Feb 26th, 2019 ([R]: chapt.1, excluding sect.1.2.5; 2.1.1, 2.1.2, 2.1.3): Sequential vs Multiprocess Program; process synchronization (competition and cooperation); the mutual exclusion problem; safety and liveness properties; a hierarchy of liveness properties (bounded bypass; starvation freedom; deadlock freedom). Atomic read/write registers; mutex for 2 processes (Peterson algorithm). Feb 28th, 2019 ([R]: 2.1.4; 2.1.5  only the idea, no algo, no proofs; 2.1.6; 2.1.7  no proofs): Generalizing Peterson's algorithm to n processes. Algorithms with better performances when no concurrency is present: with a tournament tree of 2processes competitions (O(log n)); algorithms with constant time (Lamport). March 5th, 2019 ([R]: 2.1.8; 2.2 and 5.2.3): Another algorithm with constant time (but with timing assumptions). From Deadlock freedom to Starvation freedom using atomic r/wregisters; mutex with specialized HW primitives (test&set; swap; compare&set; fetch&add); the ABA problem with the compare&set. March 7th, 2019 ([R]: 2.3.1, 2.3.2, 2.3.3): Safe registers: Lamport's Bakery algorithm and Aravind's bounded algorithm. March 12th, 2019 ([R]: chapter 2): First classwork. March 14th, 2019 ([R]: 3.1, 3.2.1, 3.2.2, 3.2.4, 3.3.1, 3.3.2, 3.3.4): Concurrent objects. Semaphores and their implementation. Use of semaphores in the producer/consumer problem (both for single producer/consumer and for multiple ones) and in the readers/writers problem (both with weak/strong priority to the readers and with weak priority to the writers). Monitors: concept and implementation through semaphores; implementing rendezvous through monitors. March 19th, 2019 ([R]: 3.3.5, 10.1, 10.2, 10.3, 10.5): Readers/writers through monitors. The problem of the "Dining Philosophers": solutions that break symmetry (through semaphores) and a symmetric solution (through monitors). Software Transactional Memory. Opacity and a Logical clockbased STM system (TL2). Virtual World Consistency and a vector clockbased STM system (REMARK: to better understand the difference between virtual world consistency and opacity, look at this paper: https://www.sciencedirect.com/science/article/pii/S0304397512004021/pdf?md5=78dd63551d097b6a3212285669d20ff8&pid=1s2.0S0304397512004021main.pdf, sections 2.6 and 3.2). March 21st, 2019 ([R]: chap. 4): Atomicity: formal definition and compositionality; possible variants and their noncomposability. March 26th, 2019 ([R]: chapters 3, 4 and 10): Second classwork. March 28th, 2019 ([R]: 5.1, 5.2.1, 5.2.2, 5.2.5, 5.2.6): Mutexfree concurrency: problems of mutex and notion of mutexfreedom, progress conditions. Examples: splitter, timestamp generator and stack (based on swap plus fetch&add; based on compare&set); progress conditions for these examples. April 4th, 2019 ([R]: 5.3.1, 5.3.2, 5.3.3, 5.3.4; 17.7, 17.7.1, 17.7.2  only the idea, not the formal protocol): From obstructionfreedom to nonblocking through failure detector Omega_X; hints on the implementation of Omega_X. From obstructionfreedom to waitfreedom through failure detector Diamond_P; hints on the implementation of Diamond_P. April 9th, 2019 ([R]: 14.1, 14.2, 14.3, 14.5): Universal object and consensus object; universality of consensus (unbounded waitfree construction). Binary vs multivalued consensus. April 11th, 2019 ([R]: 16.1, 16.2, 16.3, 16.4.1, 16.4.3, 16.4.4, 16.4.5  adapted to test&set  16.5.1, 16.6): Consensus number (for atomic R/W registers, test&set, swap, fetch&add, compare&swap) and consensus hierarchy. April 16th, 2019 ([R]: chapts 5, 14 and 16): Third classwork.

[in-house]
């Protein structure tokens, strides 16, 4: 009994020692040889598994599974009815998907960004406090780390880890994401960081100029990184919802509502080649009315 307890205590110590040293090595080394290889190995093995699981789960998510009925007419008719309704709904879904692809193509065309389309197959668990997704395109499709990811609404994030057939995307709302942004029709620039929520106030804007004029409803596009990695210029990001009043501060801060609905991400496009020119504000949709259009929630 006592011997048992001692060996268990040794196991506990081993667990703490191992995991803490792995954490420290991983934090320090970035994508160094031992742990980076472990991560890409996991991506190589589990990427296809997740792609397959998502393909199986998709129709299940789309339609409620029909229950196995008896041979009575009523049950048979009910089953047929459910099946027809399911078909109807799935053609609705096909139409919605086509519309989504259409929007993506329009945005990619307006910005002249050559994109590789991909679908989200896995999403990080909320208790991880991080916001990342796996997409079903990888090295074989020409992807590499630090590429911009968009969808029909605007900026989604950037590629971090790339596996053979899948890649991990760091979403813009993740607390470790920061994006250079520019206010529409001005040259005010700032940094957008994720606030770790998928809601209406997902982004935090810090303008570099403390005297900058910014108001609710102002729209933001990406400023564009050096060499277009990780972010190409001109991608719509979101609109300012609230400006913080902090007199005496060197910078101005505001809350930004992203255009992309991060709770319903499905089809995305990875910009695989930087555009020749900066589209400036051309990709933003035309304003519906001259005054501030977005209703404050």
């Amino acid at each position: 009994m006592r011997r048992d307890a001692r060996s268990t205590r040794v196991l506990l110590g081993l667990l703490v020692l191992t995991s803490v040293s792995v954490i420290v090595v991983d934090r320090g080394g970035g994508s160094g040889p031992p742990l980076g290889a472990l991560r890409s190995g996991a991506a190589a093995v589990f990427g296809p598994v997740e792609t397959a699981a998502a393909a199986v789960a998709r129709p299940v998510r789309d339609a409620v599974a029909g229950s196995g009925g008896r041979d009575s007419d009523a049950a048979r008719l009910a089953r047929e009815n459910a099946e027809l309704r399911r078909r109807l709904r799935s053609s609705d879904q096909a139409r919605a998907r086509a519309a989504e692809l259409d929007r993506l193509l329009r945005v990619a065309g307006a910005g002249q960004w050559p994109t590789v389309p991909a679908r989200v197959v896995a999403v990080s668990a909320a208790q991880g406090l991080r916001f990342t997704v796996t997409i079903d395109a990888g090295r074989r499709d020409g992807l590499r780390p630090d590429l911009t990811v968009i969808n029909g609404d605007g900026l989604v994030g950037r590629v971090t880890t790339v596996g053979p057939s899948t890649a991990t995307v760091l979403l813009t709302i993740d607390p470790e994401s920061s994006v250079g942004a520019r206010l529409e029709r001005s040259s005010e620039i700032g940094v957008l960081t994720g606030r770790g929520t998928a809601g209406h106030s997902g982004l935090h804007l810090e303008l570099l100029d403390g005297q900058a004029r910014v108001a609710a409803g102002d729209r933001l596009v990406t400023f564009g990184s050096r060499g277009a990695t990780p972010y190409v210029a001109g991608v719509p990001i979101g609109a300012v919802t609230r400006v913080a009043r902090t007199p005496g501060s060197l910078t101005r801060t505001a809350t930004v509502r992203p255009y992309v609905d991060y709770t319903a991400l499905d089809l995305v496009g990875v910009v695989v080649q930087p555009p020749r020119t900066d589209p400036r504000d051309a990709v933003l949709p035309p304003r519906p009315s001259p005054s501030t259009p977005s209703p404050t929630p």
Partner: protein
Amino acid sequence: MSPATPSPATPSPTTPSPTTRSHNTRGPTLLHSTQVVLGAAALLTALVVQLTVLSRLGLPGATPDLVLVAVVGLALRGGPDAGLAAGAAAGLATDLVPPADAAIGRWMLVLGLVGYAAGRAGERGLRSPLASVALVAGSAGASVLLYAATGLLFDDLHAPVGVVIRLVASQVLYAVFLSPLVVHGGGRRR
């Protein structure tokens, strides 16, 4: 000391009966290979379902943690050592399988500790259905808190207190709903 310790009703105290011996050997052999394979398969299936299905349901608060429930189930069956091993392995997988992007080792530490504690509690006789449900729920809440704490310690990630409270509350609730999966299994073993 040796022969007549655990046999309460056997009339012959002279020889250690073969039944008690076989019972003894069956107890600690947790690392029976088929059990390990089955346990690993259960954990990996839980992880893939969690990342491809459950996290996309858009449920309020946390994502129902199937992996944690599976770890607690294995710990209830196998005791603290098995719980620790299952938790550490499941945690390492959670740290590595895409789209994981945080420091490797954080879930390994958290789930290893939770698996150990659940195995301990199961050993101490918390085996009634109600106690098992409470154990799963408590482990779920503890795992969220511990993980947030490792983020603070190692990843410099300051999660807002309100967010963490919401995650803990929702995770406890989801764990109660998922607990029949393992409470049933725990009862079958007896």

Exam modalitiesThere are two possible ways to pass the exam:

NewsNo class on April 2nd! Course Material and Googlegroup Students can have access to all text books and lecture notes by sending an email to the teacher and ask to be included in the googlegroup of the curse. The first posts of this group contain in attachment all what you need for studying. Please, register with the email address that you most frequently access, because important and urgent news about the course will be primarily posted on this group.
 DanieleGorla  20 Jan 2016 
 DanieleGorla  03 Mar 2005